Monday, January 28, 2013

Rise of Christianity in the First and Second Centuries


Rise of Christianity in the First and Second Centuries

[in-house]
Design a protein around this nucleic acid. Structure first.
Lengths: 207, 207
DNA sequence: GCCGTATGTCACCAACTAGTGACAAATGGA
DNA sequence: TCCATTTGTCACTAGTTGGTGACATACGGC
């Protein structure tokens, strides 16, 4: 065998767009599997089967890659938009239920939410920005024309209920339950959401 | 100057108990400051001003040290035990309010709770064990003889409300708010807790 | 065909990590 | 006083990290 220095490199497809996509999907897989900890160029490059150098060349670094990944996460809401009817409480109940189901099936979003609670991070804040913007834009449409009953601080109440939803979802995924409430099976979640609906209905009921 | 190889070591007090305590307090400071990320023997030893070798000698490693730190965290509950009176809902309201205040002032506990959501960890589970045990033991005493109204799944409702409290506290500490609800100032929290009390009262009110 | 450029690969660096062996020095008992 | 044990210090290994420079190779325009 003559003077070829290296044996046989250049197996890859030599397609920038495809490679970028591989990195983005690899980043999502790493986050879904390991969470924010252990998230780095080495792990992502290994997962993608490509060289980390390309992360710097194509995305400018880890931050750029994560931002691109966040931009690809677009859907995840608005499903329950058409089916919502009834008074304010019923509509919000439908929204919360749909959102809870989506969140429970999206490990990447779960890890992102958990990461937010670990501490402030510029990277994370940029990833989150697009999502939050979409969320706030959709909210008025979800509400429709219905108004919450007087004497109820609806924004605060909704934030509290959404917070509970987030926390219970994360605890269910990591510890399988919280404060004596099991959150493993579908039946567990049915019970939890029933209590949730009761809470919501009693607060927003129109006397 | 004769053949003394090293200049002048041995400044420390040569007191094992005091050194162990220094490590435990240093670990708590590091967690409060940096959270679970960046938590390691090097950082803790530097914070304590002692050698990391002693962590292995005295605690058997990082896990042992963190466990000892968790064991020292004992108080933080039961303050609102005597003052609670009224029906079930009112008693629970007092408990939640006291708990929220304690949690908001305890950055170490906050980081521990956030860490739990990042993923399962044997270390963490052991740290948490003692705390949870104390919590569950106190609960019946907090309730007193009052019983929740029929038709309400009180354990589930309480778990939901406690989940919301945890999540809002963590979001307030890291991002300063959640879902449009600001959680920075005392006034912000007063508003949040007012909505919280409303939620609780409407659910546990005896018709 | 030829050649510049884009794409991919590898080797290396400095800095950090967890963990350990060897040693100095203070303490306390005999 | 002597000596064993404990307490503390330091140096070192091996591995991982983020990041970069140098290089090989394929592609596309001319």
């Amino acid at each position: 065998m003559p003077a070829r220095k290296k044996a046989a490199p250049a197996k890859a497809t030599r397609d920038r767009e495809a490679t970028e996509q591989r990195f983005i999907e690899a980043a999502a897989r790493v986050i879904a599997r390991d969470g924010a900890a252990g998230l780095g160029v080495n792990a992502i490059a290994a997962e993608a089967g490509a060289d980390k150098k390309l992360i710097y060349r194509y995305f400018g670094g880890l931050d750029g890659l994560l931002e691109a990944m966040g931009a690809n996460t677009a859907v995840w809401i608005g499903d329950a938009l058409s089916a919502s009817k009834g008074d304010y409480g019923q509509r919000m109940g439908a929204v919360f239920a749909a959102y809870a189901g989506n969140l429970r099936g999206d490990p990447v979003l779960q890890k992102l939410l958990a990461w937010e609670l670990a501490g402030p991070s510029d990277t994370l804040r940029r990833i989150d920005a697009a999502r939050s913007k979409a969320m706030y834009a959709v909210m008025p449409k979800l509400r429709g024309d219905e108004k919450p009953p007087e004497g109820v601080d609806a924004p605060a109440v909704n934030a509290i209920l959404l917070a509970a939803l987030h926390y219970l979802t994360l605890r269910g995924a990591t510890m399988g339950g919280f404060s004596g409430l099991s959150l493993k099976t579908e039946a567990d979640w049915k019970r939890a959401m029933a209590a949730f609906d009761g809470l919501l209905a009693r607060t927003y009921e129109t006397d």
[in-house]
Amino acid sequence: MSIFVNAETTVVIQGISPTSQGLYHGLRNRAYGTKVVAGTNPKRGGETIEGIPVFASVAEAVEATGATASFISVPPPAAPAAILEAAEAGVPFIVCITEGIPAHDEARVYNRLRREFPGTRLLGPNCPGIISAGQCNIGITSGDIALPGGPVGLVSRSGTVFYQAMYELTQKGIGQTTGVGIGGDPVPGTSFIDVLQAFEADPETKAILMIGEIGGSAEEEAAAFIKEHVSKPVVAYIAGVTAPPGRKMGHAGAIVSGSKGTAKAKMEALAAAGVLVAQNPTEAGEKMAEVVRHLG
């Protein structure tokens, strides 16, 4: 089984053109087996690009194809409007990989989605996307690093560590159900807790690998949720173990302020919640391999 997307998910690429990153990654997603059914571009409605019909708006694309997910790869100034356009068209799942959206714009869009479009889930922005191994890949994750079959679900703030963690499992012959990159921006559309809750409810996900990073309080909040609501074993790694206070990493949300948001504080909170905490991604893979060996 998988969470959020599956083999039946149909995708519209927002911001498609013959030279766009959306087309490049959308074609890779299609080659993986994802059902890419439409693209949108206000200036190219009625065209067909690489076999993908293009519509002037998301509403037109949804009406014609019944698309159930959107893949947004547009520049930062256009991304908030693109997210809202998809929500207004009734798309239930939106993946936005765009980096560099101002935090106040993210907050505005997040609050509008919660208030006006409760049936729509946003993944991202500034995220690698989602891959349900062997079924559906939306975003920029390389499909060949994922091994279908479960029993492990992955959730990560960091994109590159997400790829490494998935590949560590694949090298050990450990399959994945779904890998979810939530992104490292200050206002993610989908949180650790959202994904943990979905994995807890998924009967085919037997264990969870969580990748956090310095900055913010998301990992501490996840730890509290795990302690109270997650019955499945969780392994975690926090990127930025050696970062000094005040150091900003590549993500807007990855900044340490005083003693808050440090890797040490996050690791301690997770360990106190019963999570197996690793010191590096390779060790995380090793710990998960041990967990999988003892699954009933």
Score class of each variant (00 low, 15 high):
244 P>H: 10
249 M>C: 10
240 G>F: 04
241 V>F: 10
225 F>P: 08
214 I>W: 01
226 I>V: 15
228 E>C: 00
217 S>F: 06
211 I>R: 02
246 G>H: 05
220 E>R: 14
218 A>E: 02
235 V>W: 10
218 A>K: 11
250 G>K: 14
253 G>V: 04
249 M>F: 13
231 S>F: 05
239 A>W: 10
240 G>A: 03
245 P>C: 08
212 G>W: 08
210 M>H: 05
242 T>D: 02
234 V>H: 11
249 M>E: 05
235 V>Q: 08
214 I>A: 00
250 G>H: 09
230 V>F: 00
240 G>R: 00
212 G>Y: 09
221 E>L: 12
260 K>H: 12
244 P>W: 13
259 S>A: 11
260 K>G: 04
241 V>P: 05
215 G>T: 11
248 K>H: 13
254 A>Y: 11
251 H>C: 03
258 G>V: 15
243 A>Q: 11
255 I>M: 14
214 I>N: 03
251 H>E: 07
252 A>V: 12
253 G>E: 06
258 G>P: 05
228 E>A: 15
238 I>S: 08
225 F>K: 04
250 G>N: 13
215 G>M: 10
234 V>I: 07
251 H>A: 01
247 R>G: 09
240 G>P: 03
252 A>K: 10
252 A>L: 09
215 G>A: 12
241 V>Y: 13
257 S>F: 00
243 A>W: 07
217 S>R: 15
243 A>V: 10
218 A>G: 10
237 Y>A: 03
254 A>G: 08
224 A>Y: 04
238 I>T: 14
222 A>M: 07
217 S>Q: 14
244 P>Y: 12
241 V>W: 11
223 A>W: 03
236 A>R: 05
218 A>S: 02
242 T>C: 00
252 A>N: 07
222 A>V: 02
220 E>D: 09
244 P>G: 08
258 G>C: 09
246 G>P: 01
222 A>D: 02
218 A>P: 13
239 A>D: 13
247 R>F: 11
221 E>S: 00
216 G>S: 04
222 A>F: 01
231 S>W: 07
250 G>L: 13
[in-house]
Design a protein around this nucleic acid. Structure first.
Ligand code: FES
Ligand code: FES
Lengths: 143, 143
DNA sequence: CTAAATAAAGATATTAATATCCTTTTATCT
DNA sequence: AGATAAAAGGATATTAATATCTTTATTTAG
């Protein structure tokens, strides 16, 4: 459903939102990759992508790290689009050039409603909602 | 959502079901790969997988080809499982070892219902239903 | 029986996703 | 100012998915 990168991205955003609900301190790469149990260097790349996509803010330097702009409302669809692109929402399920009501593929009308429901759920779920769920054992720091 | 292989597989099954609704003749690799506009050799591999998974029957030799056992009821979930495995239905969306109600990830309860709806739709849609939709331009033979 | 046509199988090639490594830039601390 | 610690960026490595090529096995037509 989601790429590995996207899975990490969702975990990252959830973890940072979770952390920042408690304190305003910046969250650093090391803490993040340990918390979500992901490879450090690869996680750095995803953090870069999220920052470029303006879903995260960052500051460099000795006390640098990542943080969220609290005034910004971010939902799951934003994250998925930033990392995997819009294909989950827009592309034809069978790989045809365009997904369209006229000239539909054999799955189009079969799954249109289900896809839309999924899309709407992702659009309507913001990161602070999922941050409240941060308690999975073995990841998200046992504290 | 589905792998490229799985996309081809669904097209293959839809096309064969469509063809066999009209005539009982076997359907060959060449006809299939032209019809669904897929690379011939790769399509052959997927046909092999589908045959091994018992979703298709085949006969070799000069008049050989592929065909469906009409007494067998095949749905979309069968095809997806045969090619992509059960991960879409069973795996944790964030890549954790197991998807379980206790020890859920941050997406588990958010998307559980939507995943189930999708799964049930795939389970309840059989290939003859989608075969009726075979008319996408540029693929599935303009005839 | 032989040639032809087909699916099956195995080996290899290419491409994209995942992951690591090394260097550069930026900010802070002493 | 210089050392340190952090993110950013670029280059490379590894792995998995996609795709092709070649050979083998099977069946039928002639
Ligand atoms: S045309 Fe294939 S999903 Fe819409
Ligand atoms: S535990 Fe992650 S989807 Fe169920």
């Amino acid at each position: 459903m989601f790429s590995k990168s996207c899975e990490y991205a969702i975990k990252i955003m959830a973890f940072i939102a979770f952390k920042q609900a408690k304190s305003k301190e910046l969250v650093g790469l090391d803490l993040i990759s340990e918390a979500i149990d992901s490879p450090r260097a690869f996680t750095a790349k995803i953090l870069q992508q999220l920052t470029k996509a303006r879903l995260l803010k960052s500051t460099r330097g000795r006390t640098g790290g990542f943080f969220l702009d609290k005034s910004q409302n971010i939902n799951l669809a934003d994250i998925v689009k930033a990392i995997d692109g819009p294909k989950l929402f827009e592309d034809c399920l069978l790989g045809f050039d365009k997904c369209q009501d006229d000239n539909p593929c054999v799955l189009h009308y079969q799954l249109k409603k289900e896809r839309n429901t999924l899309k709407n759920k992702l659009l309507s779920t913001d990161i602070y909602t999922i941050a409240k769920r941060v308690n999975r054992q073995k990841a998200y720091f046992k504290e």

Christianity is a terminology derived from the Greek word Khristos- commonly referred to as Christ. The word Christ, if it is to be defined plainly, means “the anointed one”, according to Spielvogel, 2011, p. 190. The religious book from where the tenets and principles of the religious belief of Christianity are found is referred to as the Holy Bible. Although the Holy Bible is divided into the Old Testament and the New Testament, these two actually complement each other since the new is a fulfillment of the old. Christianity has its foundations in the teachings and philosophies of Jesus Christ of Nazareth. It is from Jesus’ name Christ, that His followers got their name “Christians”. The backbone of the Christian’s teachings and beliefs is that Jesus Christ was, and indeed still is, the son of the Most High God, who become human and was born of a woman so as to come into the world and save humanity from death and eternal destruction which is brought by the devil through sin. To achieve this redemption of humanity, Christians believe that Jesus suffered at the hands of those who did not believe, died and rose from the dead on the third day having triumphed over death, He then ascended into heaven and therefore sits and reigns with God the father, awaiting the day of judgment set apart for God for the sentencing of the world-each person according to his own actions (Edwards, 1997, p. 491).